Manchester United’s Champions League group stage encounter with Barcelona in October of 1994 welcomed the big guns back to Old Trafford with the game more than living up to the hype.
When Manchester United won the inaugural Premier League title in 1993 it not only ended a 26-year wait for the top prize in English football it also meant the Reds earned the right to play in Europe’s elite club competition for the first time in almost three decades.
However, a combination of inexperience and naivety had ensured that Alex Ferguson’s men would crash out of the newly branded Champions League before Christmas as Turkish side Galatasaray embarrassed United’s stars with an away goals victory after they had overcome Honved in the First Round.
But winning the league title again in 1994 meant they would get another crack at the big boys the following season and they don’t come much bigger than Barcelona who were drawn with United in the group stage of the competition; setting up the one of the most eagerly awaited clashes at Old Trafford in years.
United had started their campaign brightly, beating Swedish champions Goteborg at home and drawing in the heated atmosphere of Istanbul against Galatasaray, who had ended their European dreams just 12 months earlier; but the game everyone was looking forward to was the clash against the Spanish champions on October 19.
As well as pitting their wits against one of the top names in Europe the clash would also ensure United would face one of the finest teams on the planet which included the likes of Romário, Hristo Stoichkov and Ronald Koeman and were managed by former club legend and Dutch master Johan Cruyff.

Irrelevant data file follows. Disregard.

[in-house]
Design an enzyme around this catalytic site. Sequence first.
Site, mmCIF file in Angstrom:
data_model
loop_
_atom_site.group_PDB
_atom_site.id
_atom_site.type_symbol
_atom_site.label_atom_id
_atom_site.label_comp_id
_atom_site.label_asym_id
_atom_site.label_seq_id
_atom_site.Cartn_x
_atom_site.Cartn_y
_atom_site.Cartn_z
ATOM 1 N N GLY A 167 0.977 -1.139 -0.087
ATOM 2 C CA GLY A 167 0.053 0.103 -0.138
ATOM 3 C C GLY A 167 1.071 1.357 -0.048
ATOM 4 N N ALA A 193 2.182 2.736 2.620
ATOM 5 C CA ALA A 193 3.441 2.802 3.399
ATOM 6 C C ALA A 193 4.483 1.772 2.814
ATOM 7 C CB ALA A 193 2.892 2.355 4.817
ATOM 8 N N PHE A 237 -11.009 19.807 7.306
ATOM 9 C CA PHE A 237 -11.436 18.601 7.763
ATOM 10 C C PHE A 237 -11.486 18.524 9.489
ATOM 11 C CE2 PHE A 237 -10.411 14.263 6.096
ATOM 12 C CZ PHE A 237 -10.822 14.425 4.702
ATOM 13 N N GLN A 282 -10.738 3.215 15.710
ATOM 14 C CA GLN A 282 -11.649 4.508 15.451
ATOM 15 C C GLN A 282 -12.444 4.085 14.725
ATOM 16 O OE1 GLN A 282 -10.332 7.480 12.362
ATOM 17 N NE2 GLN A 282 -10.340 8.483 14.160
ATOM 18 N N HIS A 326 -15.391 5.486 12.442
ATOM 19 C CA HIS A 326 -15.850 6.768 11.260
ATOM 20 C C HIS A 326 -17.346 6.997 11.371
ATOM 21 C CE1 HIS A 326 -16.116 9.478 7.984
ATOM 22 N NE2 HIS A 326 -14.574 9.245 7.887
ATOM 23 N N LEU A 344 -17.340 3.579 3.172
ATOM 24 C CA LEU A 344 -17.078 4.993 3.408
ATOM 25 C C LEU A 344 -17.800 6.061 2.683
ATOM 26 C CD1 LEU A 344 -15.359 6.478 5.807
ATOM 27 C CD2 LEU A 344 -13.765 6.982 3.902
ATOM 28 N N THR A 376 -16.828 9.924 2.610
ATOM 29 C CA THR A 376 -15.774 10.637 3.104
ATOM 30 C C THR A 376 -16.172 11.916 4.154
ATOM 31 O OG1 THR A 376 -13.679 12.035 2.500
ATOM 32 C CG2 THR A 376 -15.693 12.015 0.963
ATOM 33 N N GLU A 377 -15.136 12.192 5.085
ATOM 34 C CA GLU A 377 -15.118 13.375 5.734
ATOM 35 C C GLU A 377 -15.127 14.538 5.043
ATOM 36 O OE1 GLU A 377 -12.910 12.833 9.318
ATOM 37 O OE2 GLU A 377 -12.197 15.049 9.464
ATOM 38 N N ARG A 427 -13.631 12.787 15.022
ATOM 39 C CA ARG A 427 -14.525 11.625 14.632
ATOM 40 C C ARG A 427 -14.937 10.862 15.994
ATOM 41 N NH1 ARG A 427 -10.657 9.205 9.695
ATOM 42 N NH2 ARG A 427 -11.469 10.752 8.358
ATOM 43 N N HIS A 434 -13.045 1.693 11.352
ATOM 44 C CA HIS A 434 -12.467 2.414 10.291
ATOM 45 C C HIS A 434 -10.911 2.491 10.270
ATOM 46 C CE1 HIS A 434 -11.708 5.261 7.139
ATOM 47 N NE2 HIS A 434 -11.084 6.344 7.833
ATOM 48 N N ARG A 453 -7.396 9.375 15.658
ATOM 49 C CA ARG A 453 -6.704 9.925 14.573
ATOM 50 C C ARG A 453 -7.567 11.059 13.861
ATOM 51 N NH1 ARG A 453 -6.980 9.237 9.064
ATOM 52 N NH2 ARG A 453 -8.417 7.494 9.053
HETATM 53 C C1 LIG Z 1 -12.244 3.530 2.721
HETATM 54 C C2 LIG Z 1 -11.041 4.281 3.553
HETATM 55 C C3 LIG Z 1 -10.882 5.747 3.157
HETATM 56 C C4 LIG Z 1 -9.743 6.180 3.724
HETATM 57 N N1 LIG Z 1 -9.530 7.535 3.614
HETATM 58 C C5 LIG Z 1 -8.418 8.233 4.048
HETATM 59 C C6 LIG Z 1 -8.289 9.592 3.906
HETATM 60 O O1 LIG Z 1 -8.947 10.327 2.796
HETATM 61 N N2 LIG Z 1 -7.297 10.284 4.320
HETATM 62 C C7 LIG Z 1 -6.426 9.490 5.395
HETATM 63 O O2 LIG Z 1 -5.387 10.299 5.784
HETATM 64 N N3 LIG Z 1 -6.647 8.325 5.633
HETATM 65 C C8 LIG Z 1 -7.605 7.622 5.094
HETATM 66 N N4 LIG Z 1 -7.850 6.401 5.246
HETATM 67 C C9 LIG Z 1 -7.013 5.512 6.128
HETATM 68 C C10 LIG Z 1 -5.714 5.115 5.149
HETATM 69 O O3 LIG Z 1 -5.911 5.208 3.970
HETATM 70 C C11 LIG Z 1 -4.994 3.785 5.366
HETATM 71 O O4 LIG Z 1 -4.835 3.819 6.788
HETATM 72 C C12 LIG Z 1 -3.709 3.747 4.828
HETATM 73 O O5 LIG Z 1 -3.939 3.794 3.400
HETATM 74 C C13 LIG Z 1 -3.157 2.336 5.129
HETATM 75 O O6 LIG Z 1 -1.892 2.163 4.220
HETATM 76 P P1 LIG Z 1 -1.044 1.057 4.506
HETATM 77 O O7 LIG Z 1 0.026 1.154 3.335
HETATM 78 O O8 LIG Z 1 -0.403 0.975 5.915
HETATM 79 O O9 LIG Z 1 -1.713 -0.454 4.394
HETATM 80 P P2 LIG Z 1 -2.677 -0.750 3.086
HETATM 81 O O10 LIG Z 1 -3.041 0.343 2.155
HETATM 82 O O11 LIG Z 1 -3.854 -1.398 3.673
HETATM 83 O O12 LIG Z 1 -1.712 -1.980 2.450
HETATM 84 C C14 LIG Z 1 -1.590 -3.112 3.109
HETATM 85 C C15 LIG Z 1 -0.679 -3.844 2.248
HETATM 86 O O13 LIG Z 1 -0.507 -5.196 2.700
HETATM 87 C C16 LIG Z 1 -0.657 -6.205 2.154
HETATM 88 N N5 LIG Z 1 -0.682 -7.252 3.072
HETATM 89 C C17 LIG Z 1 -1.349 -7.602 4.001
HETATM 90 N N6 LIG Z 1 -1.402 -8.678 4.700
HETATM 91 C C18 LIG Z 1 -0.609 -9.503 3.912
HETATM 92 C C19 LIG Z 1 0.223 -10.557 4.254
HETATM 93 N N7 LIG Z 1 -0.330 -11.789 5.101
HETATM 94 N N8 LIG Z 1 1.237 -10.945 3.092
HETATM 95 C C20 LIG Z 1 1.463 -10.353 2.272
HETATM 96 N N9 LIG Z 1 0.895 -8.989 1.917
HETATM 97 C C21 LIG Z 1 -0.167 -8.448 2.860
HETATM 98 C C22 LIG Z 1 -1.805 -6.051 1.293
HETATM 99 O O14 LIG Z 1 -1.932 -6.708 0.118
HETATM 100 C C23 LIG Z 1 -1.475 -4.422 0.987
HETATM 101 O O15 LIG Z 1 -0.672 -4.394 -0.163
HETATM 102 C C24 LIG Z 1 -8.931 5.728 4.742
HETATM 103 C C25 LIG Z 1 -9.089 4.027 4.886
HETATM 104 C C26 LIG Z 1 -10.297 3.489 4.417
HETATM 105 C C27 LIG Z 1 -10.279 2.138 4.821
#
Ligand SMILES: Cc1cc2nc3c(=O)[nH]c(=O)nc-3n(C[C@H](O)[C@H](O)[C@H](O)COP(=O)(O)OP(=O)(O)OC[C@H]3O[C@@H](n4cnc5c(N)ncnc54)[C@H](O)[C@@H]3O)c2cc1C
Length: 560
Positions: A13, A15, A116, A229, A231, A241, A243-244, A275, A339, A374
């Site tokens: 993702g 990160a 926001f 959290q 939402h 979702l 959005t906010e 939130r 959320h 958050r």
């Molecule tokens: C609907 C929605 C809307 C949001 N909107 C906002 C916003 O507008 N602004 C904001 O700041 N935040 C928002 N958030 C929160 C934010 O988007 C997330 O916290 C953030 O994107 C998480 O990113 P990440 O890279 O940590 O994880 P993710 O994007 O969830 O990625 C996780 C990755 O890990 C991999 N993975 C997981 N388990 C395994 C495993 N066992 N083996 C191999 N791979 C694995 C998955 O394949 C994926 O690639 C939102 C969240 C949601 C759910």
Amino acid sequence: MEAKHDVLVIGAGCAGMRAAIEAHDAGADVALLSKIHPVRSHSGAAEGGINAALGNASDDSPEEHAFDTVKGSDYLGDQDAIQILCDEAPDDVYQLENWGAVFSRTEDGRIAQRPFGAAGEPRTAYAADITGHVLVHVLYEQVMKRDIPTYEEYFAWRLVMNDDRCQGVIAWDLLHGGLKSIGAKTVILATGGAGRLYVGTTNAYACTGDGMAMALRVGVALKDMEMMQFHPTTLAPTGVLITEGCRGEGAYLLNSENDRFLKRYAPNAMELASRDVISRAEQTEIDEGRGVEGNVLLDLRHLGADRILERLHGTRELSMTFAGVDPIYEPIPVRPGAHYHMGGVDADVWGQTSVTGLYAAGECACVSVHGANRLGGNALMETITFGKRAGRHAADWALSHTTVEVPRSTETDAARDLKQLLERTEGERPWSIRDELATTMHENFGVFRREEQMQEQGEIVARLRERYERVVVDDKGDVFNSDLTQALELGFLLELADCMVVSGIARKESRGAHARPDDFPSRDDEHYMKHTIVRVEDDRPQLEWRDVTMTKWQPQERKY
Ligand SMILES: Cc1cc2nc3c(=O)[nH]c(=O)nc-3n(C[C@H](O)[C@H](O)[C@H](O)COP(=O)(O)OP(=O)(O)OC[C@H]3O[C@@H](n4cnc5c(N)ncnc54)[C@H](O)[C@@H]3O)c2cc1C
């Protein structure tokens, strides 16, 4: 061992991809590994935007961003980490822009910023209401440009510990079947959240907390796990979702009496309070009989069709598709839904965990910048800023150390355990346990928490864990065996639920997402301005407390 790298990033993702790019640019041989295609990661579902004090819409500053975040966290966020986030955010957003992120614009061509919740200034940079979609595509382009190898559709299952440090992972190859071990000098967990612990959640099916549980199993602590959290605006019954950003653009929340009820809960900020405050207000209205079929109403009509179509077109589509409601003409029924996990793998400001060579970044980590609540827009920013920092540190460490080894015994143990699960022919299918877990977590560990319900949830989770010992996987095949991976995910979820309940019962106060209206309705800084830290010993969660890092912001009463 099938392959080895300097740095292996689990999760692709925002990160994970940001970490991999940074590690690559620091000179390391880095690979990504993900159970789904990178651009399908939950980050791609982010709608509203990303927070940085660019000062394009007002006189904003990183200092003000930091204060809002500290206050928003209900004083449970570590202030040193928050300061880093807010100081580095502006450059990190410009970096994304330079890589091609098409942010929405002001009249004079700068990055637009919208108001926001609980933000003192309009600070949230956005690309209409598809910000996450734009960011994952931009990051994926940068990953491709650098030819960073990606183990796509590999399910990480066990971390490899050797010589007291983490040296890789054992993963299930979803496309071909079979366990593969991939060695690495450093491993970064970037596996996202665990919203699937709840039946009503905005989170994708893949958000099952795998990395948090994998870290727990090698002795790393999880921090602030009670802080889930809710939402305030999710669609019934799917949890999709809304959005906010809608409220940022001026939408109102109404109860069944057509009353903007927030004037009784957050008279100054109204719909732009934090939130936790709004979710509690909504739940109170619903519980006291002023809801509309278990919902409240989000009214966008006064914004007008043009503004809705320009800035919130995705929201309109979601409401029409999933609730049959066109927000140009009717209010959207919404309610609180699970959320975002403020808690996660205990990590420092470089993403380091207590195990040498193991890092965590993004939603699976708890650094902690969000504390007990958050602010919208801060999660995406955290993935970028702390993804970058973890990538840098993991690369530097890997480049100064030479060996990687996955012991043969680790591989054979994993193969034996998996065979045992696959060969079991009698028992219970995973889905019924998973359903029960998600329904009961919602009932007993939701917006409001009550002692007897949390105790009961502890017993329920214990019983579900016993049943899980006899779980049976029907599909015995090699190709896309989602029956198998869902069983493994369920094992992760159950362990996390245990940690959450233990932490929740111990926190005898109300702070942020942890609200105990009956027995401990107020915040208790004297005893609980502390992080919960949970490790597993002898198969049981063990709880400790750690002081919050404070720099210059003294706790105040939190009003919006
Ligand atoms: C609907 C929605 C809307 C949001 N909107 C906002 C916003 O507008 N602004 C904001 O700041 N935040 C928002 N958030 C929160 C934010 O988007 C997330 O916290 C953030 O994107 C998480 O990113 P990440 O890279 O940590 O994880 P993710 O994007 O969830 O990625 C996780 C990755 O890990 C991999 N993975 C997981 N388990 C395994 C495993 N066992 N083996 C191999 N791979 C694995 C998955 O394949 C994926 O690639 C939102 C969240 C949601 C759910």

And despite the quality of their opponents United were far from intimidated with Mark Hughes opening the scoring after just 19 minutes when he out-jumped Koeman and headed home at the Stretford end after some good work down the left from Lee Sharpe and nearly connected with another Sharpe cross moments later as the Reds turned the screw.
But United would pay for not taking their chances as a fine move, which was started deep in his own half by Ronald Koeman, saw Barcelona sweep forward with Romario latching on to a perfect through ball to slot the ball through Peter Schmeichel’s legs to level the match at 1-1 as the teams went in for half-time.
The home side never really recovered from that blow and just two minutes after the break found themselves trailing when another Koeman inspired move saw Barcelona take the lead through Bakero, who beautifully controlled the Dutchman’s cross before lashing the ball into the net.
With United staring at their first ever home European defeat they increased the pressure on the visitors and eventually levelled things up once more with 10 minutes remaining when, after some fine footwork from Roy Keane, Lee Sharpe was able to calmly flick the ball home with his heel to send the Old Trafford faithful wild with jubilation.
Not exactly the greatest result in the club’s history but what that epic encounter with Barcelona in October of 1994 did was to welcome back the big European nights to Old Trafford which had been sorely missed for so long while whetting the appetite of United fans for plenty more over the coming decades.